Endoparasites in group of wild animals raised in captivity

Endoparasitas em plantel de animais silvestres criados em cativeiro

Aline Mewius Elis Regina Lusa Julia G. Pertille Tiago D. Dos Reis Juliana A. Pletsch Raqueli T. França Luciana L. Dias de Castro About the authors

ABSTRACT:

Free-living wild animals can host a wide variety of endoparasites. When subjected to conditions of captivity, these animals can go through stressful situations and develop parasites. Therefore, the objective of this study was to identify parasitic infection in wild mammals, birds, and reptiles kept at the “Universidade de Caxias do Sul” Zoo, in Rio Grande do Sul state, Brazil. The population studied was based on 76 animals, divided into 50% (38/76) birds, 35.53% (27/76) mammals, and 14.47% (11/76) reptiles distributed in 33 different enclosures. Fecal samples were collected from the enclosures and analyzed in triplicate, using the centrifugal-flotation method with a zinc sulfate solution. Samples from the enclosures 31, 32, 33, (where snakes are located), and 15 (animal death), were not analyzed in triplicate, so the total number of analyses was 91 samples. The results showed that 41.76% (38/91) of the samples were positive for at least one class of endoparasites, such as Nematoda, Cestoda, or Coccidia. The positive samples showed the presence of at least one or more parasites from orders Strongylida (34.21%), Enoplida and Strongylida (23.68%), Enoplida only (23.68%), Cyclophyllidea and Oxyurida (5.26%), Ascaridida only (5.26%), Enoplida, Strongylida, and Ascaridida (5.26%), and Enoplida and Eucoccidiorida (2.63%). Considering the positive samples, 55.26% were collected from birds, 39.47% from mammals, and 5.27% from reptiles. Capillaria sp. eggs were the main structure found in birds, and eggs from the order Strongylida were the most found in samples from mammals. This study showed the order Strongylida as the most frequent parasite found in 63.16% of the total samples, established either in isolated or mixed infestations. Also, mammals and birds were those with a greater quantity of positive samples for endoparasites. Therefore, this study emphasizes the importance of carrying out research assessing the gastrointestinal parasitic fauna in wild animals, so one can determine the conditions under which these parasites become pathogenic to wild animals raised in captivity.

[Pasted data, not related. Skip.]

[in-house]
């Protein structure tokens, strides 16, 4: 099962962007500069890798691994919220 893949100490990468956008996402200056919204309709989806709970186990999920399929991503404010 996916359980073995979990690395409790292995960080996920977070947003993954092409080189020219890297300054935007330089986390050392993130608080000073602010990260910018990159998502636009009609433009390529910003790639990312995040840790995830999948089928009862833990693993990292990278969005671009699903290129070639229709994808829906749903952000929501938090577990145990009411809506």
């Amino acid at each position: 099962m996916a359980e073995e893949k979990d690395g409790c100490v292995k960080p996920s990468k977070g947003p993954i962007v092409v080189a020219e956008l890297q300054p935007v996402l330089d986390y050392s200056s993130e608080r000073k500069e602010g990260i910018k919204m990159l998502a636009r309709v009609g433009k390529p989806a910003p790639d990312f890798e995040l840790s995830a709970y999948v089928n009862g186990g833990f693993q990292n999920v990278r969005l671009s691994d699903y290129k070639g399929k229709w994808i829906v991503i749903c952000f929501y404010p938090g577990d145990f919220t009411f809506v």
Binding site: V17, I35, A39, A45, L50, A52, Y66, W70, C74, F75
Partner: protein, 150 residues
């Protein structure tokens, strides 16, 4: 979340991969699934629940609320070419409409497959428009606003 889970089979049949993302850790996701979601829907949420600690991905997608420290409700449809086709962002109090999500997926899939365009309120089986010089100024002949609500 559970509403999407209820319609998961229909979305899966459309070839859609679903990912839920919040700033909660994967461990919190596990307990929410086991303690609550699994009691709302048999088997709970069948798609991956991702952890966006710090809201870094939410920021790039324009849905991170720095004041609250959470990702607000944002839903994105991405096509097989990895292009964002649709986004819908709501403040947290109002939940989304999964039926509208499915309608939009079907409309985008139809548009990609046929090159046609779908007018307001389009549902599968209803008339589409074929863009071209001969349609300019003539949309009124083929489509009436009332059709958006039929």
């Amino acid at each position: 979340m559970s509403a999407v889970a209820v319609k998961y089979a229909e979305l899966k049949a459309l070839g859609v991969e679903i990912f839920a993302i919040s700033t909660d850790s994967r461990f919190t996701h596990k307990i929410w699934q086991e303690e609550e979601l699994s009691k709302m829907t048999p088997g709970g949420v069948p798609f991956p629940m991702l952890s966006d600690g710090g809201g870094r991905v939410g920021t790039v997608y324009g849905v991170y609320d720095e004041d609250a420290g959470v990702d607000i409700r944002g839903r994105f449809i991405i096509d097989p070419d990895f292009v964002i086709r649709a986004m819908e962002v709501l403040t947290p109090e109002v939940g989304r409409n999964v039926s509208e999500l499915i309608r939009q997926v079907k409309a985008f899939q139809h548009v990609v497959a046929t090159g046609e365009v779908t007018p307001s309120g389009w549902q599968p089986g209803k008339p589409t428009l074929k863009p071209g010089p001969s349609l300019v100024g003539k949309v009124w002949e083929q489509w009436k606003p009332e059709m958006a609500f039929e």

INDEX TERMS:
Birds; mammals; reptiles; wild animals; zoo; captivity; endoparasites; parasitic analysis

RESUMO: